By Lisa Lynn Biggar
The Church of Redeeming love is in a strip mall between a dentist and a bank, sandwiched between those two large businesses, that of money and dental care, smiles and savings. There are two large green planters filled with bright red and pink plastic flowers on either side of the door, the hours posted on the glass panel: Worship held on Sunday at 11 a.m., Bible studies on Tuesday and Thursday evenings at 7:30 p.m. One wonders what goes on inside the other days of the week.
There are no windows, but peek through the glass panel on the door: a room painted gold with framed pictures of Jesus on the walls in various stages of agony, black collapsible chairs facing an altar with plastic flowers and plastic figurines. A placard above that reads: “Where Jesus is worshipped and humankind is saved.” Two of the chairs are occupied.
She is thin, tattooed, her dark hair in dreads. He is taller, thinner, his hair buzzed in a mohawk. They are talking about love. The girl is wondering about its substance. If it is something that can be held in your palm, worn around the neck, gifted or bartered. Or like a zephyr, something unseen, here one minute, gone the next, to other lands, oceans, drifting upwards to the stars. Sometimes lingering, if you can seduce it.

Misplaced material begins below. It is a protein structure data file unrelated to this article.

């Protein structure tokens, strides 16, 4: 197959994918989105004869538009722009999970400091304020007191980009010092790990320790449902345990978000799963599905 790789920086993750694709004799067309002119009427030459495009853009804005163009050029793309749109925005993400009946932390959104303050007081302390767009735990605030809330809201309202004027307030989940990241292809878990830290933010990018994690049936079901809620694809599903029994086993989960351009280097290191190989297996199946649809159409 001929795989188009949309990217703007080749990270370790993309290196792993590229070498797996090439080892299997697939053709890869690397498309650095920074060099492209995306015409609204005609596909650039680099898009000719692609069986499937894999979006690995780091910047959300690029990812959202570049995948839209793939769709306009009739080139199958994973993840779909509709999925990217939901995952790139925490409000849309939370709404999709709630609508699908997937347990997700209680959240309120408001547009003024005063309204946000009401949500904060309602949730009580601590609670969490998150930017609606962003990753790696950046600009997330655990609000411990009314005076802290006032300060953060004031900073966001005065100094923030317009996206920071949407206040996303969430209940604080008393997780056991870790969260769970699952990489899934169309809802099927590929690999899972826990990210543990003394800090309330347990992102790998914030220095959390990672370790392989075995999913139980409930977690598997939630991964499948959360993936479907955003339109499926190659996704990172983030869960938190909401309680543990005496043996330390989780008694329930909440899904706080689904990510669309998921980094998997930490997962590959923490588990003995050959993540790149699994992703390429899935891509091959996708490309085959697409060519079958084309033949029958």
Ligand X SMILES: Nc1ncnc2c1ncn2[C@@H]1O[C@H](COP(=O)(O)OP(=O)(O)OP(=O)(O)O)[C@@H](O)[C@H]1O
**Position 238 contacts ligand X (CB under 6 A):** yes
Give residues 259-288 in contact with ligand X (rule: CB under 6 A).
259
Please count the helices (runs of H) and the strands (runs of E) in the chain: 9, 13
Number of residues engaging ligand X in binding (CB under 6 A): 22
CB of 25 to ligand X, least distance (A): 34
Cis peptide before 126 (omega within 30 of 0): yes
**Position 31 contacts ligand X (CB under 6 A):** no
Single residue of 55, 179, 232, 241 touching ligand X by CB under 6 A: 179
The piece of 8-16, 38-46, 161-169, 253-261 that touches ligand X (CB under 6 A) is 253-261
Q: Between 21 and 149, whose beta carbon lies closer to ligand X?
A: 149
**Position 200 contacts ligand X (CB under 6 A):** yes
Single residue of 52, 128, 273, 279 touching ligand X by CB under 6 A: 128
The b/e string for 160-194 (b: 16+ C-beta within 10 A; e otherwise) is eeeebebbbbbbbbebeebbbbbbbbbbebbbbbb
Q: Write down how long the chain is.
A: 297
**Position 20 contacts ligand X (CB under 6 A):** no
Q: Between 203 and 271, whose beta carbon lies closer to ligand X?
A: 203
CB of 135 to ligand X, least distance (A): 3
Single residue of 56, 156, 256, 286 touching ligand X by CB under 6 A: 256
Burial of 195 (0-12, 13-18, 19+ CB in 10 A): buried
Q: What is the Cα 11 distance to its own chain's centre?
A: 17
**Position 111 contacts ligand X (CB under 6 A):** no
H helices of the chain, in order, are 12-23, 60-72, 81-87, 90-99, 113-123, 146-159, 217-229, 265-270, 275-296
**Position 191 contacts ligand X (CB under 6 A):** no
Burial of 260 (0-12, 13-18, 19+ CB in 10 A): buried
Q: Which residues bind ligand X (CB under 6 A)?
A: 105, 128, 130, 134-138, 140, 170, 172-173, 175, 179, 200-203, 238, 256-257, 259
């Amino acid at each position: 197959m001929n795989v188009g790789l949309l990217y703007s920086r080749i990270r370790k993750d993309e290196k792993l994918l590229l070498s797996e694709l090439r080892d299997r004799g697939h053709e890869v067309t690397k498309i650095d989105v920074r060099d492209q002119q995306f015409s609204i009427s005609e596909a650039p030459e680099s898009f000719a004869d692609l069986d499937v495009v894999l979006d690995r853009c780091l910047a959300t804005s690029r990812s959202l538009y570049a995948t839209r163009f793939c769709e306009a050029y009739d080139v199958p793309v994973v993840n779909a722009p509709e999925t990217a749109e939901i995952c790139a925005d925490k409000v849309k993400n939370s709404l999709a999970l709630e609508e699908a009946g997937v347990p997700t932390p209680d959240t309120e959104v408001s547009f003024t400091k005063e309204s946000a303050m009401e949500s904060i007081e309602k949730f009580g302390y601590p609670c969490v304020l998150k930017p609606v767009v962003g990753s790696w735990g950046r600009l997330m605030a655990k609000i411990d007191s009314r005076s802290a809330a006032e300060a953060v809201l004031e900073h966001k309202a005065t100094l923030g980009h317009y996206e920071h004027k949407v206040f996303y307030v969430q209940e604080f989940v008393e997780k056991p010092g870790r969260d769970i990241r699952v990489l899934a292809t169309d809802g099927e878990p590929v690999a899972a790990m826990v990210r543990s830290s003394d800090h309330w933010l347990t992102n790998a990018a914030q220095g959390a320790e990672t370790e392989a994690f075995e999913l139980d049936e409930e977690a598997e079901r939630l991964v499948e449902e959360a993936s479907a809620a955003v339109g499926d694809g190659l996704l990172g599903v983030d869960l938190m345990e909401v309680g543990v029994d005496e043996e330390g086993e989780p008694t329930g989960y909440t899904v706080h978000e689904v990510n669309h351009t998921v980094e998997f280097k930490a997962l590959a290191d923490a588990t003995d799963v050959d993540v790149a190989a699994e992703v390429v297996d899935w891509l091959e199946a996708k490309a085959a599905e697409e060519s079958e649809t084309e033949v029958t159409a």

She is somewhere in her twenties. He is somewhere in his thirties. Both addicts, trying to stay clean. Now is all they have.
“Heroin was my love,” she says. “It was all I wanted. I don’t know how to be.”
“I’ve never known how to be,” he says. “I look in the mirror and don’t see me.”
“I see you,” she says.
The room seems to glow a brighter gold as if the sun were rising or falling.
What was it that guided them inside? Saint and Princess, always fighting against their names. The tracks on their arms fading, but no promises made.
Still, something real flickers in the air.
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Lisa Lynn Biggar received her MFA in Fiction from Vermont College and is currently marketing a short story cycle set on the eastern shore of Maryland. Her short fiction has appeared in numerous literary journals including Main Street Rag, Bluestem Magazine, The Minnesota Review, Kentucky Review, The Delmarva Review and Superstition Review. She’s the fiction editor for Little Patuxent Review and co-owns and operates a cut flower farm on the eastern shore of Maryland with her husband and three cats.